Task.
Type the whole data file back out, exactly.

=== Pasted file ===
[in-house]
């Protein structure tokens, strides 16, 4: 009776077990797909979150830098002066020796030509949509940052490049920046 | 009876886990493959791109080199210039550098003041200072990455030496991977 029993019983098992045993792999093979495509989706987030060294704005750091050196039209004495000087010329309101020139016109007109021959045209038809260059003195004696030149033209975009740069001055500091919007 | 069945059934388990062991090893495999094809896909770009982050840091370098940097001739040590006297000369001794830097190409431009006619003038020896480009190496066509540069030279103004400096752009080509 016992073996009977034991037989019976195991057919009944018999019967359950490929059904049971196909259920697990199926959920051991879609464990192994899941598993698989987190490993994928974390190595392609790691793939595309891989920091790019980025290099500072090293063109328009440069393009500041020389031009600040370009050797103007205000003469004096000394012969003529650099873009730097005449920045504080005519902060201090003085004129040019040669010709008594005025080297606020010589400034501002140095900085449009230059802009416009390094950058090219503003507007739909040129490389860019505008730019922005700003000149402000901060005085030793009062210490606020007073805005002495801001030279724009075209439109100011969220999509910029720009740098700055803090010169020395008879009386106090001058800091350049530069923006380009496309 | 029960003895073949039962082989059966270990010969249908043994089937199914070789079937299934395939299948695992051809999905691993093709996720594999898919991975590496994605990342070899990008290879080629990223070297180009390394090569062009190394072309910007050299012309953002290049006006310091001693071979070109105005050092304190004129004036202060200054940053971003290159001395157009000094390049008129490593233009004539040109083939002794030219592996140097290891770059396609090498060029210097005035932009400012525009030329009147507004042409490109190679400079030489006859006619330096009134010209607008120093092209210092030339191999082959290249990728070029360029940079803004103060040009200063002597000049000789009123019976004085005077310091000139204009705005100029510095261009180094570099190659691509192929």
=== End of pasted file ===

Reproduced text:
[in-house]
């Protein structure tokens, strides 16, 4: 009776077990797909979150830098002066020796030509949509940052490049920046 | 009876886990493959791109080199210039550098003041200072990455030496991977 029993019983098992045993792999093979495509989706987030060294704005750091050196039209004495000087010329309101020139016109007109021959045209038809260059003195004696030149033209975009740069001055500091919007 | 069945059934388990062991090893495999094809896909770009982050840091370098940097001739040590006297000369001794830097190409431009006619003038020896480009190496066509540069030279103004400096752009080509 016992073996009977034991037989019976195991057919009944018999019967359950490929059904049971196909259920697990199926959920051991879609464990192994899941598993698989987190490993994928974390190595392609790691793939595309891989920091790019980025290099500072090293063109328009440069393009500041020389031009600040370009050797103007205000003469004096000394012969003529650099873009730097005449920045504080005519902060201090003085004129040019040669010709008594005025080297606020010589400034501002140095900085449009230059802009416009390094950058090219503003507007739909040129490389860019505008730019922005700003000149402000901060005085030793009062210490606020007073805005002495801001030279724009075209439109100011969220999509910029720009740098700055803090010169020395008879009386106090001058800091350049530069923006380009496309 | 029960003895073949039962082989059966270990010969249908043994089937199914070789079937299934395939299948695992051809999905691993093709996720594999898919991975590496994605990342070899990008290879080629990223070297180009390394090569062009190394072309910007050299012309953002290049006006310091001693071979070109105005050092304190004129004036202060200054940053971003290159001395157009000094390049008129490593233009004539040109083939002794030219592996140097290891770059396609090498060029210097005035932009400012525009030329009147507004042409490109190679400079030489006859006619330096009134010209607008120093092209210092030339191999082959290249990728070029360029940079803004103060040009200063002597000049000789009123019976004085005077310091000139204009705005100029510095261009180094570099190659691509192929």